On the other hand, whenever I read or watch a story of murder, I ‘almost always empathize with the killer. The whole time I was watching Dead Man Walking I thought that as a parent I should be relating exclusively to the parents of the murdered kids. But instead I kept thinking about the ways I might have ended up like Elmo Sonnier, the real-life killer represented by Sean Penn’s character. I don’t know what that’s about, but I think it has to do with ‘reading into ourselves,’ in your excellent phrase.
    I think we all have those moments in our lives where things can go really wrong, and maybe how we feel about the relationship between what we think of as our essential selves and our mistakes and bad acts informs our responses to crime.

  2. What a great point, Dennis–it’s funny how your vantage point can change, which makes your point of identification change….do you think that any of these cases that “have a hold on this” also mean we are, inevitably, identifying with someone? I tend to say yes, though I can’t guess who that was in Fatal Vision—though I think I definitely romanticized MacDonald (so well played in the TV movie), as a 13-year-old girl.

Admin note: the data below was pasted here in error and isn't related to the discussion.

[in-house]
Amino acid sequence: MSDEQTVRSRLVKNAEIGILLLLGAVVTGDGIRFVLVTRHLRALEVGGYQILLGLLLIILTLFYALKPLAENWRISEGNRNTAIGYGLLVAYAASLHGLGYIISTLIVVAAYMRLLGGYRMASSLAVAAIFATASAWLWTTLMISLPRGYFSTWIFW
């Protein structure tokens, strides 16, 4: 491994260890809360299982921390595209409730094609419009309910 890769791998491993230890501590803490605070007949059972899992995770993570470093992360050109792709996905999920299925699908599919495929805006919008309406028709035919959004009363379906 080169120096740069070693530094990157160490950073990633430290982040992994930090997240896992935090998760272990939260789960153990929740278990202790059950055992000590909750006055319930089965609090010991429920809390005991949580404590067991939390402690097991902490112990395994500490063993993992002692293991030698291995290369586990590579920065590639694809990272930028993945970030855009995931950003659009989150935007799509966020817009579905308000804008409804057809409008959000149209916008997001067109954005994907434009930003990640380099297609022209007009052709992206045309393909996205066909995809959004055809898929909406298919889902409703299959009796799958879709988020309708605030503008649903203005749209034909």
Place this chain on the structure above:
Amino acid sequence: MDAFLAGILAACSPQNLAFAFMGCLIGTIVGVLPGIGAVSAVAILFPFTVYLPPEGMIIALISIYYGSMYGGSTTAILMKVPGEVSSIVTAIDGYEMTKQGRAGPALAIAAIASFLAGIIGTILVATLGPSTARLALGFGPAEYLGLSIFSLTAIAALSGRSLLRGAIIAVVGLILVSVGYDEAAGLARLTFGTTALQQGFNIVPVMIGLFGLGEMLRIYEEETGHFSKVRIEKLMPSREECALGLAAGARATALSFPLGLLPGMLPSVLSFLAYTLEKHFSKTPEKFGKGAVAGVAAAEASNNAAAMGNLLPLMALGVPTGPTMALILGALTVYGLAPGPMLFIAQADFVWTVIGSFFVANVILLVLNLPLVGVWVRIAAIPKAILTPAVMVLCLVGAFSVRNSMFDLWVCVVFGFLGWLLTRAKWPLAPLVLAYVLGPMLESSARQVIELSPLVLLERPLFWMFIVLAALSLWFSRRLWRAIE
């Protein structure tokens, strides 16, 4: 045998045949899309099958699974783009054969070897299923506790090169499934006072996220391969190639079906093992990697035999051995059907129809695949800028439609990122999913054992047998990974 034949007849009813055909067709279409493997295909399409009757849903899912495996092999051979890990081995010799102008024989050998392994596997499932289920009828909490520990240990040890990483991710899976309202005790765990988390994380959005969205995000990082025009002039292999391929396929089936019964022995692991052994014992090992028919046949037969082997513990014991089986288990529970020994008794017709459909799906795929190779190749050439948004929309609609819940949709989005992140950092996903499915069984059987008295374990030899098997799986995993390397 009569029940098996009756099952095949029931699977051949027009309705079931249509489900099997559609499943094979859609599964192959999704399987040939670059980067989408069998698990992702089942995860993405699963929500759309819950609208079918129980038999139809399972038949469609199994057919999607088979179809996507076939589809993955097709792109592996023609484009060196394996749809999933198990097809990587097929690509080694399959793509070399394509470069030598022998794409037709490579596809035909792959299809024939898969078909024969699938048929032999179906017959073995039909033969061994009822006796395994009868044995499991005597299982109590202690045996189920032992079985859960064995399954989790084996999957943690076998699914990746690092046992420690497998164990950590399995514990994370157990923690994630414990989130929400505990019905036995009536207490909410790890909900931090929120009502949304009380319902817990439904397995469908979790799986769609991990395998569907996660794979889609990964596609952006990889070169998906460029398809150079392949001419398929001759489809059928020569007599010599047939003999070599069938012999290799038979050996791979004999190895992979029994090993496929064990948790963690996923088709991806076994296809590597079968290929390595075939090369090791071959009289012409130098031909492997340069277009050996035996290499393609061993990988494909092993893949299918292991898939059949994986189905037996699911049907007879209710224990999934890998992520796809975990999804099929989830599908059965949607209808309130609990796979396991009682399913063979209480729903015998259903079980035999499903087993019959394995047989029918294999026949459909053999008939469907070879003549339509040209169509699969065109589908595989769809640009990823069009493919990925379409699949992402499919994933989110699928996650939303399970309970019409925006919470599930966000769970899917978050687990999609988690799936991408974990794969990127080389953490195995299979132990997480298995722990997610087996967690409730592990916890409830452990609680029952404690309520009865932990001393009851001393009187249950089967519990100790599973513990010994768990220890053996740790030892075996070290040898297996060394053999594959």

3. Definitely, and it’s a fascinating thing to think about. Certainly you can tell a story of some terrible crime from different perspectives, changing none of the dialogue or action and just by inhabiting each character in a sympathetic way change the perspective of the reader. There’s that great repeated moment in The Ring, where Gore Verbinski presents the child monster talking about her hurting her mother. The first time the child’s dialogue (as interpreted by the Naomi Watts character) sounds plaintive and sorrowful and the second time, assertive and frankly malicious.
    My uncle told me a story about a defense attorney trying to find a way to interpret a transcript of somebody asking a mob boss for permission to kill somebody. The line from the transcript was “Kill him.” The attorney was trying out different ways it might be heard – “Kill him?” or “KILL him?” or “Kill HIM?” There are endless ways to represent facts, and how read them has got to be partly how they strike us and partly how we want to hear them, and all of that is absolutely influenced by how the news is delivered. It’s not that I don’t think there is an essential truth, just that we’re not usually in a position to feel we’re interpreting events firsthand.

  4. It’s funny, I’ve always kept my distance a bit on the MacDonald case, mostly because it seemed to me like he was guilty as hell and making it worse. It would be interesting if it turned out he was as narcissistic and sociopathic as he seemed (and as McGinnis came to believe) — but was not guilty of killing his family. Because then what? Moral ambivalence of the highest order, I suppose.

    • Yes–and I love the idea that maybe McGinniss just knew he was a murderer AND also boring–worse book subject ever. So better to make him a fascinating sociopath…